Do you know what CSA is? CSA or Climate Smart Agriculture is an agricultural system which focuses on increasing sustainable agriculture productivity to enhance achievement of national food security and development goals by steadying the reduction of greenhouse gases (GHGs). Thus, it becomes indispensable to implement this practice to redeem agriculture’s sustainability.
Agroforestry is one of the Climate Smart Agriculture’s patterns. In Indonesia, farmers know it by the name of “Wanatani”, which combines two different realms: agriculture and forestry. This is why CSA system denotes a strategy to adapt and mitigate climate change by providing a smart compilation of agricultural crops planted under the stand of woody species.
Towards Alternative Agricultural Systems
Most of agroforestry systems are proven indeed able to achieve three pillars of sustainable development. For instance: conserving biodiversity, increasing agriculture and forestry productivity, which gives income and stimulates the creation of alternative agricultural systems for farmers.
In accordance with the above mentioned milestones, the Indonesian Green Action Forum (IGAF) endeavored to implement and promote agroforestry system among children and local communities (farmers). The project was executed in the abandoned and marginal lands with the engagement of more than 75 students from the towns of Jambu, Mlonggo, and Jepara. These students were very happy for having ascertained in detail how to rehabilitate and plant trees as well as agricultural crops.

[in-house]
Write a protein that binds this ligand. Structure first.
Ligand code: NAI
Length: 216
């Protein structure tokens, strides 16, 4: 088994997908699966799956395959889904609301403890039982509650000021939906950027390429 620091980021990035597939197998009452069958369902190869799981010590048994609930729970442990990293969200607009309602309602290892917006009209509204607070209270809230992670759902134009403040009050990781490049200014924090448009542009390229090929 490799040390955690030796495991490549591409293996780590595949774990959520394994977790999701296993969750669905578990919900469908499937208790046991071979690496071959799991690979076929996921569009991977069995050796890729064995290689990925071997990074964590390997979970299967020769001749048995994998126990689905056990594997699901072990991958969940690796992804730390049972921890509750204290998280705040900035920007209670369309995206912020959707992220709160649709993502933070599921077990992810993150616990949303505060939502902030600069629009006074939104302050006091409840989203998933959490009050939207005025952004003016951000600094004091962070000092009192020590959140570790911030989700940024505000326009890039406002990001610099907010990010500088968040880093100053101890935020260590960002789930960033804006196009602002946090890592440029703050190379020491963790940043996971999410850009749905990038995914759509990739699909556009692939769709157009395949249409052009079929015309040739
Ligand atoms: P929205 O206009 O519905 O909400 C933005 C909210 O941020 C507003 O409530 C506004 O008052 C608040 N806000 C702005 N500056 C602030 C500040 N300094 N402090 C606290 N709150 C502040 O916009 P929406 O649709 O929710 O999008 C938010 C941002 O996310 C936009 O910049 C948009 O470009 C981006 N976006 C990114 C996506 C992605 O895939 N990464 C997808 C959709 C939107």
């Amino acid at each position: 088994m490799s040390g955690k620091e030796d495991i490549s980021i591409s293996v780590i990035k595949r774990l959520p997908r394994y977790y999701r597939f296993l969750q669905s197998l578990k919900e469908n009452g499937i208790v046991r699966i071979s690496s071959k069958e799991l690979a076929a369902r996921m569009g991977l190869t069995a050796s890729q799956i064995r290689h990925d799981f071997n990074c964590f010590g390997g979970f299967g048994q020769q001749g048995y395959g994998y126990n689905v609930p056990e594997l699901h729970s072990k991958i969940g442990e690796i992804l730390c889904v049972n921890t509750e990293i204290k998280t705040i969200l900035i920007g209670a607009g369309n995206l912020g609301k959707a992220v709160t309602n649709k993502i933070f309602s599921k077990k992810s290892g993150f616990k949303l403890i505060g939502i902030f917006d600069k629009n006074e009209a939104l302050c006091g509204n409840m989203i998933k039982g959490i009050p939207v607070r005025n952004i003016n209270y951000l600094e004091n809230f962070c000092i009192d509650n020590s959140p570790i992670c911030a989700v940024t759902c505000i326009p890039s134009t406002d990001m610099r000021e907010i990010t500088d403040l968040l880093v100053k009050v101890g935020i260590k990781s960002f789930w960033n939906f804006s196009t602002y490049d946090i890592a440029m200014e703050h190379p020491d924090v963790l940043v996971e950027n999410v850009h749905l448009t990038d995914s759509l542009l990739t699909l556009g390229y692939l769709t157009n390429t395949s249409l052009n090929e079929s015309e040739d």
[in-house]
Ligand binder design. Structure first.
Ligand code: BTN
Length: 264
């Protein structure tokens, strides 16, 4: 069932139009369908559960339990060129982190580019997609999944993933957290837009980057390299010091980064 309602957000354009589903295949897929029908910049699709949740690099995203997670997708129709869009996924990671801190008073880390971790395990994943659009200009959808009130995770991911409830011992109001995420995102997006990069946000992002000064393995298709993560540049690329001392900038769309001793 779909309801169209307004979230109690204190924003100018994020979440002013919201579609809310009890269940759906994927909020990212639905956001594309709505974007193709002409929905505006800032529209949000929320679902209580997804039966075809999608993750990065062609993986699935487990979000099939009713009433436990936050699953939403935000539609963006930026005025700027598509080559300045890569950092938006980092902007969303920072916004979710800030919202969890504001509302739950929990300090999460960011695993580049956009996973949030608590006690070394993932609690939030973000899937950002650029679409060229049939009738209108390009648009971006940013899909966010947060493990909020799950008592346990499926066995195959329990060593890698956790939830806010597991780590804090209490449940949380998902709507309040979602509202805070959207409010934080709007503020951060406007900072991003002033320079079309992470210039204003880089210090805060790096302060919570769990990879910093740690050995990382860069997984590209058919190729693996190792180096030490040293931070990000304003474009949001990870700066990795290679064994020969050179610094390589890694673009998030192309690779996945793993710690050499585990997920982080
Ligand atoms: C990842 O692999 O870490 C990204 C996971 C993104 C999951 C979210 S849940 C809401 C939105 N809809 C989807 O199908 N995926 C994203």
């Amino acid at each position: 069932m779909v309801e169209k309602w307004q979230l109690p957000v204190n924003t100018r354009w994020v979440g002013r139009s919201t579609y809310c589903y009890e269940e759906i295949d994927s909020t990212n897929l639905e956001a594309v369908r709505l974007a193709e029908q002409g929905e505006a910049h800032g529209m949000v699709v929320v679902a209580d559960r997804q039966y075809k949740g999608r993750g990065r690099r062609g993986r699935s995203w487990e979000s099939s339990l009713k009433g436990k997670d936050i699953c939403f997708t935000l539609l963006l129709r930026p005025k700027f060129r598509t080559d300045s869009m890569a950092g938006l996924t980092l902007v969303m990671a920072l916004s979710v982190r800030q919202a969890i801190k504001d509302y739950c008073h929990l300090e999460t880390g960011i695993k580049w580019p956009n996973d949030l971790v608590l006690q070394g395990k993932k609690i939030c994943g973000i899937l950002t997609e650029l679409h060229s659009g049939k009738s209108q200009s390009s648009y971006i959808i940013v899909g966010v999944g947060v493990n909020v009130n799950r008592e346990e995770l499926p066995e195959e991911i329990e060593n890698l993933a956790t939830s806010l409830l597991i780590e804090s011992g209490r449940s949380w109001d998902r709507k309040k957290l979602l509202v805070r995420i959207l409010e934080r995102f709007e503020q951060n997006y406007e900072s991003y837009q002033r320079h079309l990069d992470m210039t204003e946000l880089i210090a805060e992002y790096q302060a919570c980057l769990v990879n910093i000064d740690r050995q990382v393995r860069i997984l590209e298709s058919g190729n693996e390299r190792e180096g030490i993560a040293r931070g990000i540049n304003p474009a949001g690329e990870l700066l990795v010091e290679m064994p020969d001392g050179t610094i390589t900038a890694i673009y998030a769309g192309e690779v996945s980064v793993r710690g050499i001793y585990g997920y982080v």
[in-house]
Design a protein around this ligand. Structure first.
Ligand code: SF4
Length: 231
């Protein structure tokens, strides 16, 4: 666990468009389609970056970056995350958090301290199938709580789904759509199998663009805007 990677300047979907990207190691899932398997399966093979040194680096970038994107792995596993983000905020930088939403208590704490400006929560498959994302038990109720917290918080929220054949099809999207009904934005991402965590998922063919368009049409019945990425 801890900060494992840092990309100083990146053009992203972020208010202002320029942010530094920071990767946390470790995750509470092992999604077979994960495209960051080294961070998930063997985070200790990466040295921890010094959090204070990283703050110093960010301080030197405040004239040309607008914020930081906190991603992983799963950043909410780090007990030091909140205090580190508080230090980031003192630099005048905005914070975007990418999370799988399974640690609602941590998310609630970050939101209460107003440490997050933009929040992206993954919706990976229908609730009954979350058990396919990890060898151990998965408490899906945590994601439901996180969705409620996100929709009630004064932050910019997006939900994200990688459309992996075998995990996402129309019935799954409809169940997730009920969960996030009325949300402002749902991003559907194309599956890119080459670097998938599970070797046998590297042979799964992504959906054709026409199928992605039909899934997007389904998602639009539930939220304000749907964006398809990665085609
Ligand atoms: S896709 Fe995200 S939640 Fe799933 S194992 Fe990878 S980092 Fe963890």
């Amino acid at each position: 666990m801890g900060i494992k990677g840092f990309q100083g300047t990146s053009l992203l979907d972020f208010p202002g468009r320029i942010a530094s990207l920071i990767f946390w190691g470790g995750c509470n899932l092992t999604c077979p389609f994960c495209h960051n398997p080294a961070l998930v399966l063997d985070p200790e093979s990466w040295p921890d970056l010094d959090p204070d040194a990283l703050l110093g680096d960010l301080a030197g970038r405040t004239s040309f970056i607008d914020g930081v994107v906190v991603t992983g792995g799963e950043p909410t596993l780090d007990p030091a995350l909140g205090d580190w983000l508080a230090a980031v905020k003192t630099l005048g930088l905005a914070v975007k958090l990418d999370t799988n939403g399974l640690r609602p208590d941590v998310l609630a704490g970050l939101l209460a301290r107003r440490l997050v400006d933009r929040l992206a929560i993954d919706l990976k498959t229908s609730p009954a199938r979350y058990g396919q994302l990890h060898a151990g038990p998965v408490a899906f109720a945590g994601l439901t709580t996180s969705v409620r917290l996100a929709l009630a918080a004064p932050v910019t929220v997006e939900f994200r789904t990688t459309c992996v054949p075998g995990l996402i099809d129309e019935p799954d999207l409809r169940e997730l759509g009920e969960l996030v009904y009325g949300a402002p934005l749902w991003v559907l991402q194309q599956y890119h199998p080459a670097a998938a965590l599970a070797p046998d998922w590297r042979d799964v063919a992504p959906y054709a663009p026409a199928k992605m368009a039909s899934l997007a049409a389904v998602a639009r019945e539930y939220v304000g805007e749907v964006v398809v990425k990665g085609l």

Raising awareness among farmers
There were two agendas of project execution. On the one hand, the first pace was to promote the system by providing an early education about agroforestry to children, which should comprise the definition, benefits and implementation of agroforestry itself. On the other hand, the following step consisted of implementing the agroforestry system in abandoned and degraded lands.
During the execution of the project, we utilized some tree species to be planted, including fast growing species (albizia, jabon, acacia), long life ones (mahogany and teak) and multipurpose species (mango and rambutan). Furthermore, we cultivated banana, herbal plants and orchids. Yet the project of agroforestry implementation has been well managed and maintained of being sustainable, for making it real, we keep cooperating with local farmers in order to give them incentives, aiming to escalate farmers’ awareness in implementing agroforestry.
Picture credit: Jungle morning, by Sander Klaver.